Francophone Yellowknifer responds to funding vitriol
A well-known member of Yellowknife’s francophone community took issue with some fellow residents after news of federal funding for French-speaking newcomers was greeted with disdain.
On Friday, NWT MP Michael McLeod told reporters his Liberal government would provide a little over $300,000 to fund programs helping Yellowknife’s francophone new arrivals settle in the city.
The announcement was met with near-universal opposition among those commenting beneath Cabin Radio’s reporting of the news on Facebook.
“What about local Canadians struggling in poverty?” one comment asked.
Another wrote: “Someone please explain to me why French-speaking newcomers are so special that welcoming them warrants special funding. Frankly, I find this offensive, discriminatory, and potentially divisive.”
The apparent backlash led Batiste Foisy, a francophone Yellowknife resident who has worked in the city as an artist, journalist, and broadcaster, to take on the critics.
In a detailed response posted to Facebook, Foisy questioned why people appeared to treat the announcement as though no funding had ever, at any point, been provided for other languages or services.
“Just like programs to accommodate the disabled do not block access to the able majority, offering services in French does not mean non-French speaking residents are being offered less,” Foisy wrote.
“Those original, English-only services are still there and they are still funded. In fact, they are much more readily available and they are radically better-funded than French services.”
He added: “The bulk of that particular funding to help French-speaking newcomers … will be used to teach them English!”
In full: Batiste Foisy’s response regarding francophone funding
Answering commenters who had demanded “more … for those of us already here,” Foisy said theirs was “unwarranted outrage.”
He wrote: “Virtually any government money spent in the North for French is federal money. Funding these programs does not defund other programs delivered by the territory.
“Even if you sincerely believe official languages are worthless, I bet you can still appreciate the value of funneling millions from Ottawa in the North. This money gets spent here, local businesses and northerners directly benefit from it.
“In this case, the $300,000 subsidy came from a small federal immigration program designed to fund a limited 14 communities across the country. Isn’t it a good thing when a local non-profit is vigilant enough to notice an obscure federal money pot, to step up to plate, and to take the necessary bureaucratic steps to secure a piece of the pie for the North?”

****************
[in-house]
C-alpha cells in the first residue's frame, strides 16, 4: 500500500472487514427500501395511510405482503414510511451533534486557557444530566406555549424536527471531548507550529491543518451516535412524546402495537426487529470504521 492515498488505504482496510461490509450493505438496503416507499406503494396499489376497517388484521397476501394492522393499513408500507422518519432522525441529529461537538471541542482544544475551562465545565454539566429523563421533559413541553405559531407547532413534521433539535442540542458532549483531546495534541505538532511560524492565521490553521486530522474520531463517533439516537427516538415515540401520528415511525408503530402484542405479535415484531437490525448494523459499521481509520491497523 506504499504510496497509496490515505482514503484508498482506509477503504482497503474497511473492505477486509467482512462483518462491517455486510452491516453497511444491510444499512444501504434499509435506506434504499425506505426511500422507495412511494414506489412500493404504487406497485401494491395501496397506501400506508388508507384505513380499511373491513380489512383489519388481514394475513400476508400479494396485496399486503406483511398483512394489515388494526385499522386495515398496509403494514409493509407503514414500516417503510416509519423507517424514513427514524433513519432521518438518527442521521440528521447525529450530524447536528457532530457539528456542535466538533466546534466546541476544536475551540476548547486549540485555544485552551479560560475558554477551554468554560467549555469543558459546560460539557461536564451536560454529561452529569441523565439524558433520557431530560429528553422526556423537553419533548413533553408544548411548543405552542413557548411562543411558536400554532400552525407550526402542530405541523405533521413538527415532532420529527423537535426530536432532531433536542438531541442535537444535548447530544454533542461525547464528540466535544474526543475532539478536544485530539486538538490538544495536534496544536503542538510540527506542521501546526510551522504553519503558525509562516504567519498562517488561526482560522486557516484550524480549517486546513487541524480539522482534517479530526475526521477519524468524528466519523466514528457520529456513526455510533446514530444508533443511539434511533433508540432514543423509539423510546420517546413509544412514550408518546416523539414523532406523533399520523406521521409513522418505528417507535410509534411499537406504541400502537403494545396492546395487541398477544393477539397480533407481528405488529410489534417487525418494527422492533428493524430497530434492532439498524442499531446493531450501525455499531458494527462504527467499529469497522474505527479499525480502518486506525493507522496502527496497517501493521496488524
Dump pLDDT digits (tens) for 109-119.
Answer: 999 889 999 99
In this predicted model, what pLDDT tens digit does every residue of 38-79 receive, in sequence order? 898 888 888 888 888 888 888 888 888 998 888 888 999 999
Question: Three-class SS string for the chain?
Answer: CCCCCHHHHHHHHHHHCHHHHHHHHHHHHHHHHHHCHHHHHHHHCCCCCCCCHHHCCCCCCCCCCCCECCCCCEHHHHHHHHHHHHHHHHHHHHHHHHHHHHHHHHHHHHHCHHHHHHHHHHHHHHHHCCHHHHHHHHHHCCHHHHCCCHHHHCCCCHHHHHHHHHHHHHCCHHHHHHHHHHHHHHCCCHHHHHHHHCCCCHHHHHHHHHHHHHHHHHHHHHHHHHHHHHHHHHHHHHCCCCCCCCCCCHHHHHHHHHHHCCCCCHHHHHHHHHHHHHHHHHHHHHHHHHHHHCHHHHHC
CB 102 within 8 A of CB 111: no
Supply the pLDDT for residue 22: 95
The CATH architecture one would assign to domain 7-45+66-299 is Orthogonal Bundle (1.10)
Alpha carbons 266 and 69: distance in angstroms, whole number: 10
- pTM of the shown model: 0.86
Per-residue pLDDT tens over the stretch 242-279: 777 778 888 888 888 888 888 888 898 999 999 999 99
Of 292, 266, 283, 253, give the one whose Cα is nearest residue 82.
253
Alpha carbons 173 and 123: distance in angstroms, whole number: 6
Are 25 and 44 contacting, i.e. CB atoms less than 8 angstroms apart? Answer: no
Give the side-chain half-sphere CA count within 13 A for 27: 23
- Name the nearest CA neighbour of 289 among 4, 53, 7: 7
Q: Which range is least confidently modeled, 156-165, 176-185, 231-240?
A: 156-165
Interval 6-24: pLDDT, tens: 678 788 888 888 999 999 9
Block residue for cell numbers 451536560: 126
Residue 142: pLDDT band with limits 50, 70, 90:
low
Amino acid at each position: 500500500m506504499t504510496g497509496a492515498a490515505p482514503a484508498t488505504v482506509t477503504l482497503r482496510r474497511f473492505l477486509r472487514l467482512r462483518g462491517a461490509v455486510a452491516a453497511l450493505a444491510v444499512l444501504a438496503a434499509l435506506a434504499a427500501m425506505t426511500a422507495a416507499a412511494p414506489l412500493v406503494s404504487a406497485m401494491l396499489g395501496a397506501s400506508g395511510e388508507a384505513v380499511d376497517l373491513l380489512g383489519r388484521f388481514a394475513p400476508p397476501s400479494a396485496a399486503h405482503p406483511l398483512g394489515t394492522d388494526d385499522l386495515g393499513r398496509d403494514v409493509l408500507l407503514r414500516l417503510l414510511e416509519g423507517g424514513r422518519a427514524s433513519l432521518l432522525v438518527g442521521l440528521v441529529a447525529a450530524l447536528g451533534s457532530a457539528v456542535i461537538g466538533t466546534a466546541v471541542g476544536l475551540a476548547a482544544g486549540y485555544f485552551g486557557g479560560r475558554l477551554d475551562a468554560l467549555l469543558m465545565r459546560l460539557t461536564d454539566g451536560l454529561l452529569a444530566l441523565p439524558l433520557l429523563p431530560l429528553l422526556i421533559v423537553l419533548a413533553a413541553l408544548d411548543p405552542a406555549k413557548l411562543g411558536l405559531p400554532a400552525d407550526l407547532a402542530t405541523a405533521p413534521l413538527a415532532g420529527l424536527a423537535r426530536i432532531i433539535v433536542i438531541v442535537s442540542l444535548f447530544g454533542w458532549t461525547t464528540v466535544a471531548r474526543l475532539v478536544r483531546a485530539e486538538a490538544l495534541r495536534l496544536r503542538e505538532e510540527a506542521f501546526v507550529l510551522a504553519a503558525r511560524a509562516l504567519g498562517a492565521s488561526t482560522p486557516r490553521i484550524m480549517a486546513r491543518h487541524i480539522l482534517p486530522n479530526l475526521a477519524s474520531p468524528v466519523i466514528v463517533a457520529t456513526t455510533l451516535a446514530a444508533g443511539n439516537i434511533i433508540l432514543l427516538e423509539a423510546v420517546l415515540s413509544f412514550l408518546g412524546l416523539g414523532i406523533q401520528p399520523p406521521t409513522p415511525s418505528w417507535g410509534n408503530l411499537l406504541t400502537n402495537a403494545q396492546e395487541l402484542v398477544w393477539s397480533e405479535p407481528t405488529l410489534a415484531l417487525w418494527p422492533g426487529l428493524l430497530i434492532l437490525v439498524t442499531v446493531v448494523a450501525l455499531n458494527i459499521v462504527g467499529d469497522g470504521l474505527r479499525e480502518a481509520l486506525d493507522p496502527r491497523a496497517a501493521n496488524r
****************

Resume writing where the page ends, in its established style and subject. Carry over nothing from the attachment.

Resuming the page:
Precise figures for federal spending per language are almost impossible to pin down.
The last Liberal budget promised $334 million over the next five years for the preservation, promotion, and revitalization of Indigenous languages across the country.
Welcoming Francophone Communities, the federal initiative through which Yellowknife is getting its $300,000, is worth $12.6 million across Canada over three years. It is, of course, far from the only federal spending on French-language programs and services.
At territorial government and Indigenous government level, the NWT’s Department of Education, Culture, and Employment spent $10.9 million to fund its Indigenous Languages and Education Secretariat in 2017-18.
In the same financial year, the same department spent $8.6 million delivering French-language services and education, it said in an annual report on such funding.
Money spent on English-language programs is difficult to accurately assess through the same lens but is orders of magnitude higher, given the vast majority of territorial government programs and services are delivered in English by default.
“Most immigration candidates don’t prioritize the North as their Canadian landing ground, but the French card that we do have in our deck can sometimes make a difference in retaining the talent we need ,” Foisy argued.
“But then, if they do come here and realize that this whole ‘you’ll be able to access services in your language’ pitch was just smoke and mirrors, they might pack up and leave.
“The meagre all-federal investment announced this week, amounting to less than one high-ranking GNWT bureaucrat salary, is to create the impression that this outlandish promise is fulfilled to an extent.”
He urged fellow Yellowknife residents to bear his arguments in mind “before you waste tar and feathers on the Frenchie next door.”